My Hydnellum suaveolens fascination

11 Nov

 

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I’m back again with Hydnellum suaveolens mainly to show the above photo which features a longer stemmed version which nicely highlights its below the cap colorfulness. I’ve also did a bit of snooping to see what others have to share on this one.

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I have dried and stored small amounts of this mushroom in glass jars for many years just to open the jar and enjoy the pleasant aroma which I find uplifting. This year I have a few dried H suaveolens wrapped in paper and tucked in small compartments in my car as an air freshener which I’m surprised my fellow carpoolers haven’t mentioned the improved scent of the old mushroomobile. I suspect these car mushrooms will only hold their pleasant fragrance for a short time though after a month mine are doing quite well.

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These ones above are large mushrooms nearly 20 cm across the cap, the closest one has a conifer twig running through it which always catches my imagination and the next large cap appears to have been a nice table for someone to enjoy a spruce cone brunch comfortably atop.  Although every mycological website and book I’ve checked on the edibility of Hydnellum suaveolens has listed this mushroom as inedible, nevertheless I’ll add this link (not to promote this mushroom as a food) but to acknowledge my own wonderment of what is and a nod to that which will appear on this planet. I suspect the world famous chef who uses H suaveolens does so in extremely small quantities and as an essence and he may also have a secret process involved in this?        https://dannygregorysblog.com/2015/12/28/faviken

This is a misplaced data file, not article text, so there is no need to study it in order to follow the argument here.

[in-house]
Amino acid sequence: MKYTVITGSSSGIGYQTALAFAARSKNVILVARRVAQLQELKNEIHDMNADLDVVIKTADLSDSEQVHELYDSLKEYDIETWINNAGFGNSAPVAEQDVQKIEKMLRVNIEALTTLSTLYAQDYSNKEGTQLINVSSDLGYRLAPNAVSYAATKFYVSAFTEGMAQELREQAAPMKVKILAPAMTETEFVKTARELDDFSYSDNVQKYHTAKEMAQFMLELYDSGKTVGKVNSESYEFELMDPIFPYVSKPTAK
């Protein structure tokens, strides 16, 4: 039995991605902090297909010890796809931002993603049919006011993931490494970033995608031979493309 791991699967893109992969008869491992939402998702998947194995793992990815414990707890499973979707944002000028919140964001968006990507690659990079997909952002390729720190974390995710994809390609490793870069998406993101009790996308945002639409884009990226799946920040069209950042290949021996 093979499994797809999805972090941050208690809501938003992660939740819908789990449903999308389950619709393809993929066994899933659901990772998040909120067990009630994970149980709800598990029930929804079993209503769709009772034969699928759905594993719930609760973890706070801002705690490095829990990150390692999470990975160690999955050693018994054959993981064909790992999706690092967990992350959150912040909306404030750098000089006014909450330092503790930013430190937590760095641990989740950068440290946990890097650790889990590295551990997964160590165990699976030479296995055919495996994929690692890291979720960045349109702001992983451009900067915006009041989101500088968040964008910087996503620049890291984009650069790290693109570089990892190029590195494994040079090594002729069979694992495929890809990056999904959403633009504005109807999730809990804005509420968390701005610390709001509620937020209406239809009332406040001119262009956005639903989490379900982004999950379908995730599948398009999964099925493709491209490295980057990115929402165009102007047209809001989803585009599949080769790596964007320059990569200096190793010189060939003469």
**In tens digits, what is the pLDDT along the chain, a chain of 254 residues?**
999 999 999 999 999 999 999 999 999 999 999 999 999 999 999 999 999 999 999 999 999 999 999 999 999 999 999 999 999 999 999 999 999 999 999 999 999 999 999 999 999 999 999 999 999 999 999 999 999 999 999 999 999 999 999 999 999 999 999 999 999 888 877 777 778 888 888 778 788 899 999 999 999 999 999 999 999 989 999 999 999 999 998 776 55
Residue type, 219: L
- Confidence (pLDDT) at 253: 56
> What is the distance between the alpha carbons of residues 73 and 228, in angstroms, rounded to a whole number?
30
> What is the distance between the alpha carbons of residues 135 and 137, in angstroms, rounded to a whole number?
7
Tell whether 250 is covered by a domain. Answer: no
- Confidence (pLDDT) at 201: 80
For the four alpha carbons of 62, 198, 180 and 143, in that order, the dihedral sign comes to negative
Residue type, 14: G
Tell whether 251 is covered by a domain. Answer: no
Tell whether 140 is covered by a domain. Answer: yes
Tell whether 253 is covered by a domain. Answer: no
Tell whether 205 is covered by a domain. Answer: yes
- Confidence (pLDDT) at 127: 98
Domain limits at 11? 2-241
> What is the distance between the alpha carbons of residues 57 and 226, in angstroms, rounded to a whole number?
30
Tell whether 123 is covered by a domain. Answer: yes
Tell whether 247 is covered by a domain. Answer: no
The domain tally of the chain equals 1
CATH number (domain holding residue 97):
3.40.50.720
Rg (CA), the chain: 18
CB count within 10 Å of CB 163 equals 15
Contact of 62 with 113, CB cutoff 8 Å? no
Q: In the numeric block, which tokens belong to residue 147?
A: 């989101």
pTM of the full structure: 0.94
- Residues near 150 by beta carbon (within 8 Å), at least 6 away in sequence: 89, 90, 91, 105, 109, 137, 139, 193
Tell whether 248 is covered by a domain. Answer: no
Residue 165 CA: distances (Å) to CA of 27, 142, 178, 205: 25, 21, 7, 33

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H suaveolens is a very solid mushroom which you may think would last several years like some polypores but some of these mushrooms which appeared in late Sept are already decomposing as shown in the top left corner above. I’ll include another link here as there are a few NA and European websites that list Hydnellum suaveolens as a mushroom for dye-makers. This is a subject I have little knowledge on, though I found the colors shown in the linked post well worth sharing with you.  Well that does it for this aromatic, colorful, large and somewhat little known mushroom – Hydnellum suaveolens – which tends to grow where there are still mature mossy conifer forest. ciao    riihivilla.blogspot.com/…/hydnellumsuaveolens-tuoksuorakasvrjys… 

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2 Responses to “My Hydnellum suaveolens fascination”

  1. p. Obliquus January 3, 2017 at 2:40 am #

    p.s: of all possible toppings, I had packed a small jar of vegemite along with me that morning. maybe next time with some Fluff 🙂

  2. p. Obliquus January 3, 2017 at 2:41 am #

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